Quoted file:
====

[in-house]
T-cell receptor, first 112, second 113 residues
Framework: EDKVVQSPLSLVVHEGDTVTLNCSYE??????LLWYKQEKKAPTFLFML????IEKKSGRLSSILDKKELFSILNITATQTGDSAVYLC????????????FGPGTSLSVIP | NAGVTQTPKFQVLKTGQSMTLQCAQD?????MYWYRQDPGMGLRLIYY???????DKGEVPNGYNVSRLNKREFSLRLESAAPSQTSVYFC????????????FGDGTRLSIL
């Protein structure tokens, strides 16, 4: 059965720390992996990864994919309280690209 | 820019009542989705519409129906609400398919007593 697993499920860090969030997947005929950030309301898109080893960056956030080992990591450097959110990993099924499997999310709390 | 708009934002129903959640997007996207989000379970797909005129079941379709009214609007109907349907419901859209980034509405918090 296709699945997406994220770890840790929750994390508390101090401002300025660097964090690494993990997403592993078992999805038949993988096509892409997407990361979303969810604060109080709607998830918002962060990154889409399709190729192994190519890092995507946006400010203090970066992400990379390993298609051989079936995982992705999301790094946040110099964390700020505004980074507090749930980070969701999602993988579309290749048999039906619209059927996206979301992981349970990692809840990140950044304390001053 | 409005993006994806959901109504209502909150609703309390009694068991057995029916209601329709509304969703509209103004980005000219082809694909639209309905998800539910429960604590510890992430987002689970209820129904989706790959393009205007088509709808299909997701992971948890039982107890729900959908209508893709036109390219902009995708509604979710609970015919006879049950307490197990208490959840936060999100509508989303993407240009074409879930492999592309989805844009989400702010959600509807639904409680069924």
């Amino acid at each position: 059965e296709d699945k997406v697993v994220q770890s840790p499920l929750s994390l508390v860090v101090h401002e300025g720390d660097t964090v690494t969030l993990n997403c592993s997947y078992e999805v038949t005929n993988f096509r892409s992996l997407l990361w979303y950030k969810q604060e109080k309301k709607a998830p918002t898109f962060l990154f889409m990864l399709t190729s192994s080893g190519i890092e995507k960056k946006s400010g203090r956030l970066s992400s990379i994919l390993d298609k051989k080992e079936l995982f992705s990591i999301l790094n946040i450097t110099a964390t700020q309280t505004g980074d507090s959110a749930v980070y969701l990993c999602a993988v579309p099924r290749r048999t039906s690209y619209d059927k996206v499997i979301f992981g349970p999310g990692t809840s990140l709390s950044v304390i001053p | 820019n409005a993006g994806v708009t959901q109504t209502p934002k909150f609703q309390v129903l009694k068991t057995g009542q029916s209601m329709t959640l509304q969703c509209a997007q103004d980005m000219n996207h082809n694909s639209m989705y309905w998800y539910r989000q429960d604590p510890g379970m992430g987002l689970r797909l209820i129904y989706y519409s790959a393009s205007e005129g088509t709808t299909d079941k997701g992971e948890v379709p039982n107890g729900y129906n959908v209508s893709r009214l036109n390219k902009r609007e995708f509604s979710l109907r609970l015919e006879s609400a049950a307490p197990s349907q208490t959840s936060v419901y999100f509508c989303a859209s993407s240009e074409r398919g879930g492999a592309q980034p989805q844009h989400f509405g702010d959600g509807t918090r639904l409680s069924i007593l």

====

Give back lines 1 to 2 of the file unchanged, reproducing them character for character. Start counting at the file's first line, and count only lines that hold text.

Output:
[in-house]
T-cell receptor, first 112, second 113 residues